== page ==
WADA says doping probe will begin shortly
Fahey will meet later today with Brian Cookson, the new president of cycling's governing body (UCI), to discuss the fallout from the Lance Armstrong scandal. The outgoing WADA chief said it would take "something close to a miracle" for Armstrong's life ban to be reduced in return for cooperating with the investigation.
"There'd have to be a d**n good reason," Fahey said.
WADA also has received the report into the breakdown of drug testing procedures in Jamaica before last year's London Olympics and will examine that "quite extensive" document in detail at the end of this week's World Conference on Doping in Sport, according to Fahey, after Jamaican authorities are given a chance to respond. They have until the end of the week.
"They dropped the ball. It's clear," Fahey said, referring to Jamaica's anti-doping controls.
Fahey said it is "almost certain" that the doping laboratory in Brazil whose WADA accreditation was revoked would not be ready for next year's World Cup. As a result, FIFA said it had reached a deal to fly the hundreds of player samples before and during the soccer showpiece from Brazil to a WADA-accredited lab in Lausanne, Switzerland.
Fahey also used Tuesday's news conference to announce a new "steroid passport" that will come into use in 2014. The new technology will mirror the biological passport that currently tracks athletes' blood profile and will help detect steroid use, Fahey said. He said the steroid passport is "ready to run."
Fahey promised progress on cycling's future and Jamaica at the four-day summit in Johannesburg, which opened Tuesday and will be the last major task for the former Australian politician as president of the anti-doping body.
The main business for this week's meeting is to review and update the World Anti-Doping Code and elect a new president of WADA. IOC vice president Craig Reedie from Great Britain is the only candidate in Friday's election to succeed Fahey. He will take over January 1 and both the UCI and WADA will thus be under British leadership.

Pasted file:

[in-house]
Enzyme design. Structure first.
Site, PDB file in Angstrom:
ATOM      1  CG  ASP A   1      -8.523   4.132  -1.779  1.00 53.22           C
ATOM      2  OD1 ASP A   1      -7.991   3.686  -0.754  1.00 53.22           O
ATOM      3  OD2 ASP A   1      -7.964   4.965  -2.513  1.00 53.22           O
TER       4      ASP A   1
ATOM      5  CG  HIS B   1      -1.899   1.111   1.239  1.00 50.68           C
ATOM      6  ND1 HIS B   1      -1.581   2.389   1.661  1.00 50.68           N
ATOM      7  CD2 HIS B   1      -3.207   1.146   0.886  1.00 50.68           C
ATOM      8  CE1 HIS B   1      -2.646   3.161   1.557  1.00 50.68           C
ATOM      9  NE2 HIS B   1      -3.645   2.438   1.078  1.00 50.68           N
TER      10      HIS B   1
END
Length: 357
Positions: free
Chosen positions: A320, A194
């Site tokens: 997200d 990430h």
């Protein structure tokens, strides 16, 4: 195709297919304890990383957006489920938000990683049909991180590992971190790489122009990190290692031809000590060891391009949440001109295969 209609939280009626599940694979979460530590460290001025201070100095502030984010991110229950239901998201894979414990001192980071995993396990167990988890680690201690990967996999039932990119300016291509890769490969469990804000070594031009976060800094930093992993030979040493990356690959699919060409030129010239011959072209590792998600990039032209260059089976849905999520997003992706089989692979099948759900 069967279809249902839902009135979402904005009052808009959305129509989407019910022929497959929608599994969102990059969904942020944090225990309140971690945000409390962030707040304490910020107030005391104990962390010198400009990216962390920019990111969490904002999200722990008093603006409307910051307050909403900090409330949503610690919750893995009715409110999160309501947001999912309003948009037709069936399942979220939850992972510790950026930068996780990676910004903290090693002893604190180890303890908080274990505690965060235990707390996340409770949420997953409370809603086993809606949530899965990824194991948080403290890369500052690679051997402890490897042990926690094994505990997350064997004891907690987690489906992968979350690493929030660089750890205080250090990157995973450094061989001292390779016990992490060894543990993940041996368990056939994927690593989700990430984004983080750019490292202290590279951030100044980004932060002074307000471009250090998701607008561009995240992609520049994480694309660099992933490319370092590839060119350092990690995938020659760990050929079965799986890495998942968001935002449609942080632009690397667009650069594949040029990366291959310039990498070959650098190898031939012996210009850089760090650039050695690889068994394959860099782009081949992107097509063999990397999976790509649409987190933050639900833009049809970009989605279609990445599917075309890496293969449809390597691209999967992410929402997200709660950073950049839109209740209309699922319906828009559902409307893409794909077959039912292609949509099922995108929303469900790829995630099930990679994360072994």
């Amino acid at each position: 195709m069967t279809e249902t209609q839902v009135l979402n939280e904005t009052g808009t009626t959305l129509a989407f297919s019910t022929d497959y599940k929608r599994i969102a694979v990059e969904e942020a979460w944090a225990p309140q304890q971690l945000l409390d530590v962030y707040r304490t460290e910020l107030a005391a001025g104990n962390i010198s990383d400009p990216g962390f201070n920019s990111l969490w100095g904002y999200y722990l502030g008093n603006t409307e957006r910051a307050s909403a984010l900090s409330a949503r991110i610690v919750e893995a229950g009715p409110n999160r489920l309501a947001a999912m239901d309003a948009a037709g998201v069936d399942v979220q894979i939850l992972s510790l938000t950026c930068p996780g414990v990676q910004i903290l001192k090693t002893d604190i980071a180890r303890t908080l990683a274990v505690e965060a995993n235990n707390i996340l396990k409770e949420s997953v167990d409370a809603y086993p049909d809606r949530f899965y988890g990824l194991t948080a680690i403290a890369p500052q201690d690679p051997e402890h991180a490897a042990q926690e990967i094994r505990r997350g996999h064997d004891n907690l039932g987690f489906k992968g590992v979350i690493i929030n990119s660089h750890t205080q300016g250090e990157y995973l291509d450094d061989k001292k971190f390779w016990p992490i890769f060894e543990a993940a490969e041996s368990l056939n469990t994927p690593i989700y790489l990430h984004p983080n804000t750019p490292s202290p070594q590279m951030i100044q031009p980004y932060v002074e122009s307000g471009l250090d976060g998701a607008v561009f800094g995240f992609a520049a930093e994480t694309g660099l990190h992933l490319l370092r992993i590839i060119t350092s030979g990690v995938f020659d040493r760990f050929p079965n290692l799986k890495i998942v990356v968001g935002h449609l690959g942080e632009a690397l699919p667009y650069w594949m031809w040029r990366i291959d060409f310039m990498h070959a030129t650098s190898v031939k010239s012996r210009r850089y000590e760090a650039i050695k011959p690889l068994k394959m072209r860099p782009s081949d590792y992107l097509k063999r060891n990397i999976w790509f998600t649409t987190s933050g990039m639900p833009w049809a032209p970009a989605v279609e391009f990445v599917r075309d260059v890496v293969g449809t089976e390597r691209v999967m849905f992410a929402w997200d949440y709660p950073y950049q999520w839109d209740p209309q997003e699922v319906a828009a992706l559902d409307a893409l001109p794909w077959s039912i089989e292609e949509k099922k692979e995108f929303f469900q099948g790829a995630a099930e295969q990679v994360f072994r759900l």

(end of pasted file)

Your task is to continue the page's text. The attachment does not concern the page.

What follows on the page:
Four-year bans for intentional dopers, more emphasis on investigations to catch cheats and strengthening punishments for coaches and officials who help athletes dope are expected to be adopted and added to the international doping code on Friday when WADA votes on the proposals. The new code will take effect Jan. 1, 2015, in time for the 2016 Olympics in Rio de Janeiro.
Cycling and concerns over Jamaica could dominate the behind-the-scenes discussions in Johannesburg.
That will start with today's meeting between WADA and Cookson, who made contact with the agency almost as soon as he was elected in September, Fahey said. An independent commission to investigate and shed light on cycling's dark doping history is now imminent.
"I am confident that from what UCI have indicated, and their wish to get something going, that it will happen within weeks rather than within months," Fahey said. "The goodwill appears to be there. "
Fahey said there would have to be "extraordinarily powerful reasons" for Armstrong, who was banned for life and stripped of his seven Tour de France titles last year, to have his case re-opened and his ban reduced for cooperating with the commission. Armstrong's intention to seek a reduction in his ban from all organized sport has been the subject of major speculation with the disgraced American rider intimating in interviews that he would be willing to cooperate in return for leniency.
"As far as I'm concerned it's (Armstrong's case) done and dusted," Fahey said. "Armstrong did what he did. We all know what that is. He did not cooperate, he did not defend the charges that USADA put out there last year and he was dealt with in a proper process."
Fahey said the U.S. Anti-Doping Agency case against Armstrong and his eventual life ban were "irrefutable" and repeated the standpoint of USDADA chief executive Travis Tygart, who has questioned the "value" of Armstrong's testimony over a year after the case was brought against him.